This week I’m going to discuss why it’s so challenging for us to follow through and the best way to make sure you follow through.

 

Why it’s challenging to follow through

 

Before I explain why it’s challenging to follow through, I want you to take a minute and think back to all the things you did get done, whether it was yesterday or last week – and not just the big to-do’s.  I want you to first give yourself credit for all the things you did accomplish, even if it’s the fact that you fed your children or you brushed your teeth.

If your inclination is to say “I don’t know” or “Nothing” when thinking back to the things you’ve gotten done, I want you to see how negatively biased your brain is and how quick it is to focus on what didn’t get done rather than on what did.  I promise you that you did accomplish things, but if you’re like most women, you’re probably focusing on the things you didn’t follow through on, rather than the things you did.

When I work with my coaching clients on the Better Time Management part of The Balanced Accountant Program, I recommend that at the end of the week, typically on Friday, they write down 3 things they accomplished, and if they can, share it with others – for the CPA MOMS franchisees, we share it in a Slack channel.  The act of writing it down allows you to do what most women have difficulty doing – acknowledging and appreciating ourselves.

This lack of appreciation and instead focusing on what we didn’t follow through on, is the first reason why it’s so challenging to follow through – because it leads to feeling bad, feeling guilty, or making it mean that we did something wrong.  If you’re constantly feeling bad for not following through, after awhile you’re going to be reluctant to take action because you lack belief in yourself.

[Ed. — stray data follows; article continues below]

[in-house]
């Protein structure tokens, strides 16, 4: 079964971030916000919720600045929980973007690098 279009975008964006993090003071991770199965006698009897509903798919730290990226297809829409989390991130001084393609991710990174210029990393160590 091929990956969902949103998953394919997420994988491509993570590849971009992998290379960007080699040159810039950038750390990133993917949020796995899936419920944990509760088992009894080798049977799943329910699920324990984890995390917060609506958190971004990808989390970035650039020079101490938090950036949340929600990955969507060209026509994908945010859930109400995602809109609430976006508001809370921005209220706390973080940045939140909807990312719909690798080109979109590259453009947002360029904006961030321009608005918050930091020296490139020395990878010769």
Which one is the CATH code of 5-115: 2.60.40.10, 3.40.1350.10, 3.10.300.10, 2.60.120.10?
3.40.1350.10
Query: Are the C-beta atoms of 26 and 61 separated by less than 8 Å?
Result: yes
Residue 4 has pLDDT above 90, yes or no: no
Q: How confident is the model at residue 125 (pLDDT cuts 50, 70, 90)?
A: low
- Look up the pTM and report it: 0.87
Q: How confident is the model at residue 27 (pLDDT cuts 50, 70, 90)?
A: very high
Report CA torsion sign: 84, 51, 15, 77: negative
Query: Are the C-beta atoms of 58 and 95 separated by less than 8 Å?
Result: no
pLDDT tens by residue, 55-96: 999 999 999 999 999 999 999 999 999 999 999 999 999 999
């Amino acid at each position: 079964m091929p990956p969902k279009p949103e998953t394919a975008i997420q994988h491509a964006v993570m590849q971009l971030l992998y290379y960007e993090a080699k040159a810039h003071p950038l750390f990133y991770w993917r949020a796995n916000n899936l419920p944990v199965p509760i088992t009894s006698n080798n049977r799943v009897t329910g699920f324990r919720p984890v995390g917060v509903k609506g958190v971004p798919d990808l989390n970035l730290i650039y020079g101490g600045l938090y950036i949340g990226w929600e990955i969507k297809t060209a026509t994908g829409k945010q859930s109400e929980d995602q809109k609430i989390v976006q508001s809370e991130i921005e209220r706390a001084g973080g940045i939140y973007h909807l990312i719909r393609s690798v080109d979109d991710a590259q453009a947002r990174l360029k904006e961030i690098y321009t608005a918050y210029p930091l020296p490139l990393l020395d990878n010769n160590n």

Think about it this way – if you were punished every time you didn’t do something perfectly, after a while you’re going to associate your lack of following through with what’s wrong about you.  Over time you’ll  most likely think something like “Why bother.  I’m going to do it wrong anyway”. 

So a large part of the reason it’s so challenging to follow through is because of what you make it mean about you when you don’t follow through.  The harder you’ve been on yourself, the less confidence you’ll have in yourself and your ability to follow through.

The second reason that it’s challenging to follow through is because we need to understand that the lower part of our human brain wants to avoid discomfort and instead seeks immediate pleasure.  That lower part of our brain is impatient, it’s unwilling to do hard things, and it wants things to be easy, satisfying, and fun.

Our lower, primitive brain wants immediate gratification, so unfortunately the things that we commit to doing, that we put on our to-do list, or we schedule on our calendar and plan to or hope to follow through on, typically don’t fall under the category of easy, satisfying, or fun.  Obviously it’s not all the time, but when it comes time to do the things we committed to do or wanted to do at some point, we often lose the energy or the commitment to actually do them.